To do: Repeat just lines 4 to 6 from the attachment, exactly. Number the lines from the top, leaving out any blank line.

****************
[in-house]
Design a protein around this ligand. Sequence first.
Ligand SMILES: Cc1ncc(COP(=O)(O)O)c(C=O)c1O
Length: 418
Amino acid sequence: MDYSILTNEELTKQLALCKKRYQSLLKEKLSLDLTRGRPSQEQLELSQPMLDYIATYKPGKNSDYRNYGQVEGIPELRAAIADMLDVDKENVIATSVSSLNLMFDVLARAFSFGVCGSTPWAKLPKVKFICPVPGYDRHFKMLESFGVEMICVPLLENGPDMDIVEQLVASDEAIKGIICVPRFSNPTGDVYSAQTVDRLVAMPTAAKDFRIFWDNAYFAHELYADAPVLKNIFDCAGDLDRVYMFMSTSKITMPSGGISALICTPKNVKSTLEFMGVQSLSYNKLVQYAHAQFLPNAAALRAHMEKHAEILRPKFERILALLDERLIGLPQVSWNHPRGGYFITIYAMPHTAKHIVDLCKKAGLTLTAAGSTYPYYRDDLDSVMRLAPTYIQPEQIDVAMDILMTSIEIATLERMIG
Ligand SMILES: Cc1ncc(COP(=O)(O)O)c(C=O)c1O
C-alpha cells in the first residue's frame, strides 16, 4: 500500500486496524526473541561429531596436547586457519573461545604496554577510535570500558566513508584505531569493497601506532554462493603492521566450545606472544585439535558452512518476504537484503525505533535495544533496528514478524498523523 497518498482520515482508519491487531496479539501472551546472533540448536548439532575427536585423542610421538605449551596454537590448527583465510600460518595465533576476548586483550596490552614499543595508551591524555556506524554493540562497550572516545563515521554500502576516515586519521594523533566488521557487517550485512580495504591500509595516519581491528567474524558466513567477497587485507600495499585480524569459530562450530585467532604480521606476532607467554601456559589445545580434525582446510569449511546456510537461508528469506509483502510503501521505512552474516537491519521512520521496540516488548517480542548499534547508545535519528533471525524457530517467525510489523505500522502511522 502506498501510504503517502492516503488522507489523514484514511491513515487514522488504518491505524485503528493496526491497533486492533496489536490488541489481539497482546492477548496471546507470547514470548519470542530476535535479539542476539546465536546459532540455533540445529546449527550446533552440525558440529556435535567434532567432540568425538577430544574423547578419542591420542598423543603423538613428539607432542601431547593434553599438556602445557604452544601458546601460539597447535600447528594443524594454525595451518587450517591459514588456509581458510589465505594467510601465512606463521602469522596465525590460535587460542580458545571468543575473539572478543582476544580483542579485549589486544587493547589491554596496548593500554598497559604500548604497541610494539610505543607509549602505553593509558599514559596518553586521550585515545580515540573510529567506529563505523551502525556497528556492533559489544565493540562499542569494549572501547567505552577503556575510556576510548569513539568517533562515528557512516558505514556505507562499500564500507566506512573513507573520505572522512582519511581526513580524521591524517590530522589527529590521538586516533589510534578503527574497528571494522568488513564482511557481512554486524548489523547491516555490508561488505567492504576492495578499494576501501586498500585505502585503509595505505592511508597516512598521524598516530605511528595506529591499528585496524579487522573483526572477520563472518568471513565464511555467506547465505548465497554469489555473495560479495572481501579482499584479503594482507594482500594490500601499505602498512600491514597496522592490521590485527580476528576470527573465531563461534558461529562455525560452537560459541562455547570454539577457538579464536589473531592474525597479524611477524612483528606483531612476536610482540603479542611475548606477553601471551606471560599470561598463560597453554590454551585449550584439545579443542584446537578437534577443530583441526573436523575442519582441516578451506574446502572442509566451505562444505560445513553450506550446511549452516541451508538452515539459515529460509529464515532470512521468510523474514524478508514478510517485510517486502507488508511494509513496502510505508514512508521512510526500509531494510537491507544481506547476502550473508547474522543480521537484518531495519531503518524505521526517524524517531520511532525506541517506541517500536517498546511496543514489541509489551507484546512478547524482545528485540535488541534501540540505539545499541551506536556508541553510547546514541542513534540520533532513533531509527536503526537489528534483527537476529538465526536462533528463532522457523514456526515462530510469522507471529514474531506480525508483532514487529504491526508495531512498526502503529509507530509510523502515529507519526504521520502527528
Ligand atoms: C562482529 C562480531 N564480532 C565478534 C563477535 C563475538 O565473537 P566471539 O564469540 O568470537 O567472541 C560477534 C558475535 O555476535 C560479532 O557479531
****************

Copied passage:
Length: 418
Amino acid sequence: MDYSILTNEELTKQLALCKKRYQSLLKEKLSLDLTRGRPSQEQLELSQPMLDYIATYKPGKNSDYRNYGQVEGIPELRAAIADMLDVDKENVIATSVSSLNLMFDVLARAFSFGVCGSTPWAKLPKVKFICPVPGYDRHFKMLESFGVEMICVPLLENGPDMDIVEQLVASDEAIKGIICVPRFSNPTGDVYSAQTVDRLVAMPTAAKDFRIFWDNAYFAHELYADAPVLKNIFDCAGDLDRVYMFMSTSKITMPSGGISALICTPKNVKSTLEFMGVQSLSYNKLVQYAHAQFLPNAAALRAHMEKHAEILRPKFERILALLDERLIGLPQVSWNHPRGGYFITIYAMPHTAKHIVDLCKKAGLTLTAAGSTYPYYRDDLDSVMRLAPTYIQPEQIDVAMDILMTSIEIATLERMIG
Ligand SMILES: Cc1ncc(COP(=O)(O)O)c(C=O)c1O